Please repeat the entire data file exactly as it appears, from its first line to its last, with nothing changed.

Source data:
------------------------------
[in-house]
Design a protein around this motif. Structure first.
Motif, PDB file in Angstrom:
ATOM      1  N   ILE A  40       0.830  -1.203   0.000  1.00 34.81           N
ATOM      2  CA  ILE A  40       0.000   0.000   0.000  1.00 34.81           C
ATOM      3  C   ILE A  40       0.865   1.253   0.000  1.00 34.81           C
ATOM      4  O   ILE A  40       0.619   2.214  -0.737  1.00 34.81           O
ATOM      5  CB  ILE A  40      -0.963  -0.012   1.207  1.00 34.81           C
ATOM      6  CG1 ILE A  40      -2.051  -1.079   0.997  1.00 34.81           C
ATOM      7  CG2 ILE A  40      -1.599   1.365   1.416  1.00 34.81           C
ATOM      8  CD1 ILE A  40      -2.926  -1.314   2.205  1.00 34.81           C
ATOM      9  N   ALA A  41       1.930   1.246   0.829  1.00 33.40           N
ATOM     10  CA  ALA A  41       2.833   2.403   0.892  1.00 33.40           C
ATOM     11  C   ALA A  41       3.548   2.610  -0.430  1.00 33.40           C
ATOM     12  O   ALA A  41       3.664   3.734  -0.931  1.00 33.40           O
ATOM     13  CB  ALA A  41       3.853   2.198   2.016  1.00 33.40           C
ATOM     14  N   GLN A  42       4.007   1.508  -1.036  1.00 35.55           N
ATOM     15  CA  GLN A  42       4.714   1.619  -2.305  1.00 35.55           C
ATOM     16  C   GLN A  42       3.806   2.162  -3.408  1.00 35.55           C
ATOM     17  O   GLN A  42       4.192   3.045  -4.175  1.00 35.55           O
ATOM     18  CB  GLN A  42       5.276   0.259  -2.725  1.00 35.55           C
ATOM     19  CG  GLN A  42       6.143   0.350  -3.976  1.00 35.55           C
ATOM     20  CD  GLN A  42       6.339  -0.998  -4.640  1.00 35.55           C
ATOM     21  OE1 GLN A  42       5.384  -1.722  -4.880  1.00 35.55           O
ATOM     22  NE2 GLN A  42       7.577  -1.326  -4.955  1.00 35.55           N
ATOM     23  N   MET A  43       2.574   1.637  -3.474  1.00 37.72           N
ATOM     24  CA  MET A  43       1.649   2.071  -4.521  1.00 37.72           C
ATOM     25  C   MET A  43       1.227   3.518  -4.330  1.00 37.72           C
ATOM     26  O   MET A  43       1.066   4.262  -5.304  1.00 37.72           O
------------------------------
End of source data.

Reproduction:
[in-house]
Design a protein around this motif. Structure first.
Motif, PDB file in Angstrom:
ATOM      1  N   ILE A  40       0.830  -1.203   0.000  1.00 34.81           N
ATOM      2  CA  ILE A  40       0.000   0.000   0.000  1.00 34.81           C
ATOM      3  C   ILE A  40       0.865   1.253   0.000  1.00 34.81           C
ATOM      4  O   ILE A  40       0.619   2.214  -0.737  1.00 34.81           O
ATOM      5  CB  ILE A  40      -0.963  -0.012   1.207  1.00 34.81           C
ATOM      6  CG1 ILE A  40      -2.051  -1.079   0.997  1.00 34.81           C
ATOM      7  CG2 ILE A  40      -1.599   1.365   1.416  1.00 34.81           C
ATOM      8  CD1 ILE A  40      -2.926  -1.314   2.205  1.00 34.81           C
ATOM      9  N   ALA A  41       1.930   1.246   0.829  1.00 33.40           N
ATOM     10  CA  ALA A  41       2.833   2.403   0.892  1.00 33.40           C
ATOM     11  C   ALA A  41       3.548   2.610  -0.430  1.00 33.40           C
ATOM     12  O   ALA A  41       3.664   3.734  -0.931  1.00 33.40           O
ATOM     13  CB  ALA A  41       3.853   2.198   2.016  1.00 33.40           C
ATOM     14  N   GLN A  42       4.007   1.508  -1.036  1.00 35.55           N
ATOM     15  CA  GLN A  42       4.714   1.619  -2.305  1.00 35.55           C
ATOM     16  C   GLN A  42       3.806   2.162  -3.408  1.00 35.55           C
ATOM     17  O   GLN A  42       4.192   3.045  -4.175  1.00 35.55           O
ATOM     18  CB  GLN A  42       5.276   0.259  -2.725  1.00 35.55           C
ATOM     19  CG  GLN A  42       6.143   0.350  -3.976  1.00 35.55           C
ATOM     20  CD  GLN A  42       6.339  -0.998  -4.640  1.00 35.55           C
ATOM     21  OE1 GLN A  42       5.384  -1.722  -4.880  1.00 35.55           O
ATOM     22  NE2 GLN A  42       7.577  -1.326  -4.955  1.00 35.55           N
ATOM     23  N   MET A  43       2.574   1.637  -3.474  1.00 37.72           N
ATOM     24  CA  MET A  43       1.649   2.071  -4.521  1.00 37.72           C
ATOM     25  C   MET A  43       1.227   3.518  -4.330  1.00 37.72           C
ATOM     26  O   MET A  43       1.066   4.262  -5.304  1.00 37.72           O